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Am J Respir Crit Care Med. 1998 Nov;158(5 Pt 1):1374-8.

Prostaglandins E2 and F2alpha reduce exhaled nitric oxide in normal and asthmatic subjects irrespective of airway caliber changes.

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Department of Thoracic Medicine, Imperial College School of Medicine at the National Heart and Lung Institute, London, United Kingdom.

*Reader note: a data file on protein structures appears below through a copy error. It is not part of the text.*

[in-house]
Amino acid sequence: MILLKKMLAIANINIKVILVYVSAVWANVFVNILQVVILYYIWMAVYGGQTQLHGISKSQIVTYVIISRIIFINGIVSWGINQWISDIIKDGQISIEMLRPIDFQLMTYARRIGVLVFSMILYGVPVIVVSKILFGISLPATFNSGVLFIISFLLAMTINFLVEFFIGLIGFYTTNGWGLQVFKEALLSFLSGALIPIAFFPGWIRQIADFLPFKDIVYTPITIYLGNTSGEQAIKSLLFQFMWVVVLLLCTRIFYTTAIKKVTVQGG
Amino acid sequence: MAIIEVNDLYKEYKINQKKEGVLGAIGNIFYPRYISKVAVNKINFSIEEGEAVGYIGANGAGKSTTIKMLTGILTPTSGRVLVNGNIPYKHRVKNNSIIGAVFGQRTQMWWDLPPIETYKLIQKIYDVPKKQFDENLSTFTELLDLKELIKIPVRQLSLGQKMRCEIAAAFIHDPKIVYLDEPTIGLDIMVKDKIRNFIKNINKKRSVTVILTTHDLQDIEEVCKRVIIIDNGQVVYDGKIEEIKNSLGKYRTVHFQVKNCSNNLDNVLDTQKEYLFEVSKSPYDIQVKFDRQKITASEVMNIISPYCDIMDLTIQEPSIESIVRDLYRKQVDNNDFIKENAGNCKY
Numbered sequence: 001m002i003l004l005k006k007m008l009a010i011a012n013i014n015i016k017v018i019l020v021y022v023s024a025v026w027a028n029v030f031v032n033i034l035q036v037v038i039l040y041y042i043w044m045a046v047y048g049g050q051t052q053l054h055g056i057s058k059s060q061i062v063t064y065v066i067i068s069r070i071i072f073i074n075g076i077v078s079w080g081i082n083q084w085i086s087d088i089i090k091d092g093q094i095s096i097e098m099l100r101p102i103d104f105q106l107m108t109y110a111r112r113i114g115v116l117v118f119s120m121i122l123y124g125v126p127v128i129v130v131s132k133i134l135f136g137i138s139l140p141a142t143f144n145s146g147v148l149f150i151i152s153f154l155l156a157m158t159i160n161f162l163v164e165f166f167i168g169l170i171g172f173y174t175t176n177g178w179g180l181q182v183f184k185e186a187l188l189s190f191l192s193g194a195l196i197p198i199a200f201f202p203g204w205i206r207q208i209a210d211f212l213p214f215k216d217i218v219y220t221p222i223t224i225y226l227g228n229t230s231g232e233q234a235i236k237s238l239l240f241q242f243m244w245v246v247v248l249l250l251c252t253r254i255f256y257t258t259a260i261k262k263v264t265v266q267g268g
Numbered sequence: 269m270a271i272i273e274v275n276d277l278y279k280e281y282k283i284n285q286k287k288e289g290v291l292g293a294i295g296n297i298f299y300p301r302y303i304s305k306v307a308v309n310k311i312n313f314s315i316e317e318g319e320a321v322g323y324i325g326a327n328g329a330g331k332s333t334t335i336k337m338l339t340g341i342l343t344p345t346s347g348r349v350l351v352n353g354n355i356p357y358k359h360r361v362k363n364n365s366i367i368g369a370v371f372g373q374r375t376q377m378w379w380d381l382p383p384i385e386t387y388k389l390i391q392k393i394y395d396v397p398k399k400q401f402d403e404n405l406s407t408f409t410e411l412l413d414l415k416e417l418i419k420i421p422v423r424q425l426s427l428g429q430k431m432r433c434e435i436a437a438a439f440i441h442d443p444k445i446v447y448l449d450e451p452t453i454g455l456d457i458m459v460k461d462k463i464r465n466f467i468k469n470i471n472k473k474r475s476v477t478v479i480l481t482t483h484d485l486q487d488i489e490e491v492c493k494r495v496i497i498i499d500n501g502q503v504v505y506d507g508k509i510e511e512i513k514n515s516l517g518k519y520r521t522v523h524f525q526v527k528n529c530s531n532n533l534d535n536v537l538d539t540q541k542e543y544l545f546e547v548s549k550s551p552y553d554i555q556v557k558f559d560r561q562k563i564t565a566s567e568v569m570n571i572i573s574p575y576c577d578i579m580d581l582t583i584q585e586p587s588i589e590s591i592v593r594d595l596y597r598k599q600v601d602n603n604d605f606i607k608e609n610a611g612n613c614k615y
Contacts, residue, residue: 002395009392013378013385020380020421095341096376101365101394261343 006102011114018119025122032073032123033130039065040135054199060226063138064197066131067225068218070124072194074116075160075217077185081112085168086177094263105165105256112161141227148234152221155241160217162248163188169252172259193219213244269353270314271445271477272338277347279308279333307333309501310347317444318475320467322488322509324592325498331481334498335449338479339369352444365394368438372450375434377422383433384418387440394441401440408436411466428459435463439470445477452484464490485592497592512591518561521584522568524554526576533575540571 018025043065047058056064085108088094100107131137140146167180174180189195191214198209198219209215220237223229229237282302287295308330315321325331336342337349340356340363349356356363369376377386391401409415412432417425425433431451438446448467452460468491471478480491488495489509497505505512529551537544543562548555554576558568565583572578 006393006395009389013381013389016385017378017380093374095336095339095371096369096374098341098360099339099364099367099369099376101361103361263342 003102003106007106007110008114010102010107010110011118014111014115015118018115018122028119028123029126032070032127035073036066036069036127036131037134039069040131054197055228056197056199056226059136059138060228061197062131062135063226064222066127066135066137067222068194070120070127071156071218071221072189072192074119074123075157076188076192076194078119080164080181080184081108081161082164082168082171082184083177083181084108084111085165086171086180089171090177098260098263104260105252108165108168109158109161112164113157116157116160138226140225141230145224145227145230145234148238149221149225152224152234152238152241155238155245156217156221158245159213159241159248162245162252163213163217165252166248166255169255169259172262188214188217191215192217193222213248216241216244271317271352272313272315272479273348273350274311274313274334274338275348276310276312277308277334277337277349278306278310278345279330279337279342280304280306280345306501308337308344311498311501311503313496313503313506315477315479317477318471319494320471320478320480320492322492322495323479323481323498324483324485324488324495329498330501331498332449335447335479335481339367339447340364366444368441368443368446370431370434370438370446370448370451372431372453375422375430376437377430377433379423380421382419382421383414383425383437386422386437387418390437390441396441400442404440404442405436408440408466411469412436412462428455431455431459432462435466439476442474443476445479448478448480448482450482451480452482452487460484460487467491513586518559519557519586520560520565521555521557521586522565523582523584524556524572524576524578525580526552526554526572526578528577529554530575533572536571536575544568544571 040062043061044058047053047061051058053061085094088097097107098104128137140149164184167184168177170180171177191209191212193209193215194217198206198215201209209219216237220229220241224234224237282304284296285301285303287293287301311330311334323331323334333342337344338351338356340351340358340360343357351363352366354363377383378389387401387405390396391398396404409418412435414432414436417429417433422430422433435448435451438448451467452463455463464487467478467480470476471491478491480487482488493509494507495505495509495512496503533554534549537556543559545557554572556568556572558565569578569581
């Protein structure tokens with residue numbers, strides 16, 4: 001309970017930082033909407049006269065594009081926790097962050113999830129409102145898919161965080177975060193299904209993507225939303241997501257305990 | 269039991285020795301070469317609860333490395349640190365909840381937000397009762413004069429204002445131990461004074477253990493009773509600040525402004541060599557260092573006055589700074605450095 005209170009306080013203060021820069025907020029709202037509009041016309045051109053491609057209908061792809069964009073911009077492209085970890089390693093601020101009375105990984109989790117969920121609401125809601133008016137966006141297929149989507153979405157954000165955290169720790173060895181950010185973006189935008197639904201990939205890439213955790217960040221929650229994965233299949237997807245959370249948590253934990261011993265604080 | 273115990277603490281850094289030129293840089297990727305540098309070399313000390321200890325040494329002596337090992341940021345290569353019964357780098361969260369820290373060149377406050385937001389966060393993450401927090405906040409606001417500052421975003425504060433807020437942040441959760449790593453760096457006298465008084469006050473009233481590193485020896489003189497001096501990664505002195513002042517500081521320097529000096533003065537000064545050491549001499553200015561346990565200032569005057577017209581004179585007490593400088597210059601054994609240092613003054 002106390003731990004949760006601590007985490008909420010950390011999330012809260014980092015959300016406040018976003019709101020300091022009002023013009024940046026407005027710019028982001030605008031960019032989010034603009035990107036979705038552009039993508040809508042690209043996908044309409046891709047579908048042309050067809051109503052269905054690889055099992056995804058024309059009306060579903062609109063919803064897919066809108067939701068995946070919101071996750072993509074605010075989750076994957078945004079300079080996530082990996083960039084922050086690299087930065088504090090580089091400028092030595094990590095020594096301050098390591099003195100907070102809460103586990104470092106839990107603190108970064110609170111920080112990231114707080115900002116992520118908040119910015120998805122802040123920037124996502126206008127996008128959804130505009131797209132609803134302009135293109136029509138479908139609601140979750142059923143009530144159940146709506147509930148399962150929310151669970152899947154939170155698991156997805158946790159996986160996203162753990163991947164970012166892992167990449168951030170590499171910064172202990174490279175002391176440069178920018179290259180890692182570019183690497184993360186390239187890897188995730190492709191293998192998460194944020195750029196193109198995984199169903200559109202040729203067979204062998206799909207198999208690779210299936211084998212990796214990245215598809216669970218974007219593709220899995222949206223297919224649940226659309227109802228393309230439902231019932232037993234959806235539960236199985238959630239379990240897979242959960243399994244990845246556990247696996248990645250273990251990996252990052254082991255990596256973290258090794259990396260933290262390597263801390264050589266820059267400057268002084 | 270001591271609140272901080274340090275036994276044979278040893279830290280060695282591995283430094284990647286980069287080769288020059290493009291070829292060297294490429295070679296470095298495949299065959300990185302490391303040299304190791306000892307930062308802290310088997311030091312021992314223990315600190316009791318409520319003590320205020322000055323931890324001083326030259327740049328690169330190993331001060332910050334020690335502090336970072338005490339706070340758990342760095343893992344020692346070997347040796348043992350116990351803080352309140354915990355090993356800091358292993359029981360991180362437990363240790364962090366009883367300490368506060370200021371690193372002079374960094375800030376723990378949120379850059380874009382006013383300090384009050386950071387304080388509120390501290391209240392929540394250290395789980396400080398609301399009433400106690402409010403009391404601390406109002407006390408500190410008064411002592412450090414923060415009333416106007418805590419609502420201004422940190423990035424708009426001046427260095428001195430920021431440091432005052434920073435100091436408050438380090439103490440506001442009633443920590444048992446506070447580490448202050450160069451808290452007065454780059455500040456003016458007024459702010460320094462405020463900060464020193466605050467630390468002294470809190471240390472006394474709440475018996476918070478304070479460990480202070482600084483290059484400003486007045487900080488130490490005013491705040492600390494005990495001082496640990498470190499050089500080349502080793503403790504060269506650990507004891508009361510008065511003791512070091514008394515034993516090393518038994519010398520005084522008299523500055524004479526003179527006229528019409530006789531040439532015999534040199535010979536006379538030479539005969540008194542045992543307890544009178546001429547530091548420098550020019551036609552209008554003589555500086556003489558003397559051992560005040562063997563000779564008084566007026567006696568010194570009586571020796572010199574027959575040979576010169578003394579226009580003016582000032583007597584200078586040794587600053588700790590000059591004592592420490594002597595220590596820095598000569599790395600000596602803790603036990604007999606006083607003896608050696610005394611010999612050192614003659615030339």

Cyclooxygenase products modulate the expression of nitric oxide synthase (NOS) in certain cell types. We determined the effect of prostaglandins (PG) E2 and F2alpha on exhaled nitric oxide (NO) concentrations measured by chemiluminescence. Inhaled PGE2 and PGF2alpha significantly reduced exhaled NO. After the highest dose of PGE2 (100 micrograms), NO concentrations fell from 6.9 +/- 0.5 ppb to 4.0 +/- 0.8 ppb (p < 0.001), and from 22.9 +/- 2.0 ppb to 12.3 +/- 1. 2 ppb (p < 0.001), whereas after PGF2alpha, it fell from 6.5 +/- 0.6 ppb to 3.0 +/- 0.5 ppb (p < 0.001), and from 26.0 +/- 3.4 ppb to 11. 5 +/- 1.4 ppb (p < 0.001) in normal (n = 7) and asthmatic (n = 8) subjects, respectively. Although the prostaglandins did not change FEV1 in normal subjects, PGE2 caused an increase in asthmatics (from 3.6 +/- 0.3 L to 3.8 +/- 0.4 L, p < 0.05) and PGF2alpha caused a transient reduction in FEV1 from 4.0 +/- 0.2 L to 3.5 +/- 0.2 L (p < 0.05). To further determine the relationship between bronchoconstriction and exhaled NO levels, we examined the effect of inhaled methacholine which did not change exhaled NO concentrations in normal and asthmatic subjects despite a greater than 20% fall in FEV1 in asthmatics. Therefore, PGE2 and PGF2alpha reduce exhaled NO, an effect not related to airway caliber changes but which may result from an inhibition of nitric oxide synthase (NOS), particularly inducible NOS (iNOS).

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